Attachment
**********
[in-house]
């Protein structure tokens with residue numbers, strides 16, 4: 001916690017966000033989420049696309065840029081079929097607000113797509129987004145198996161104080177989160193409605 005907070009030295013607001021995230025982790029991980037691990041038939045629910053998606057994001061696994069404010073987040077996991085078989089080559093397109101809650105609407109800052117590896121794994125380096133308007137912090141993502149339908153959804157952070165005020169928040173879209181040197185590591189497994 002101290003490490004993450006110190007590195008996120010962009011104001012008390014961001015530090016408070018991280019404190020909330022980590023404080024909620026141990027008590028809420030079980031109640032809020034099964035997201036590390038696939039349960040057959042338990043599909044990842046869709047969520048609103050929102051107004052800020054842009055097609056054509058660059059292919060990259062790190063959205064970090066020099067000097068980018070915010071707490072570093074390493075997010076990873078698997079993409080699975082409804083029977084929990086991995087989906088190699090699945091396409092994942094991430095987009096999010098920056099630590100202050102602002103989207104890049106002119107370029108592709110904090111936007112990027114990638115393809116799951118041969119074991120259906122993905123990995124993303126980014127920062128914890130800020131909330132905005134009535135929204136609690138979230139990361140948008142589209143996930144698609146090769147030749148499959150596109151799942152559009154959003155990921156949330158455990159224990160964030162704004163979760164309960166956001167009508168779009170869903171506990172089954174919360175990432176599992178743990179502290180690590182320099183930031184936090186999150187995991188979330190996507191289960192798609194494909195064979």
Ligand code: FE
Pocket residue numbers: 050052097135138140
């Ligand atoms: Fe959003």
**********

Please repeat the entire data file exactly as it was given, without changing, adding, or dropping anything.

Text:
[in-house]
């Protein structure tokens with residue numbers, strides 16, 4: 001916690017966000033989420049696309065840029081079929097607000113797509129987004145198996161104080177989160193409605 005907070009030295013607001021995230025982790029991980037691990041038939045629910053998606057994001061696994069404010073987040077996991085078989089080559093397109101809650105609407109800052117590896121794994125380096133308007137912090141993502149339908153959804157952070165005020169928040173879209181040197185590591189497994 002101290003490490004993450006110190007590195008996120010962009011104001012008390014961001015530090016408070018991280019404190020909330022980590023404080024909620026141990027008590028809420030079980031109640032809020034099964035997201036590390038696939039349960040057959042338990043599909044990842046869709047969520048609103050929102051107004052800020054842009055097609056054509058660059059292919060990259062790190063959205064970090066020099067000097068980018070915010071707490072570093074390493075997010076990873078698997079993409080699975082409804083029977084929990086991995087989906088190699090699945091396409092994942094991430095987009096999010098920056099630590100202050102602002103989207104890049106002119107370029108592709110904090111936007112990027114990638115393809116799951118041969119074991120259906122993905123990995124993303126980014127920062128914890130800020131909330132905005134009535135929204136609690138979230139990361140948008142589209143996930144698609146090769147030749148499959150596109151799942152559009154959003155990921156949330158455990159224990160964030162704004163979760164309960166956001167009508168779009170869903171506990172089954174919360175990432176599992178743990179502290180690590182320099183930031184936090186999150187995991188979330190996507191289960192798609194494909195064979």
Ligand code: FE
Pocket residue numbers: 050052097135138140
């Ligand atoms: Fe959003």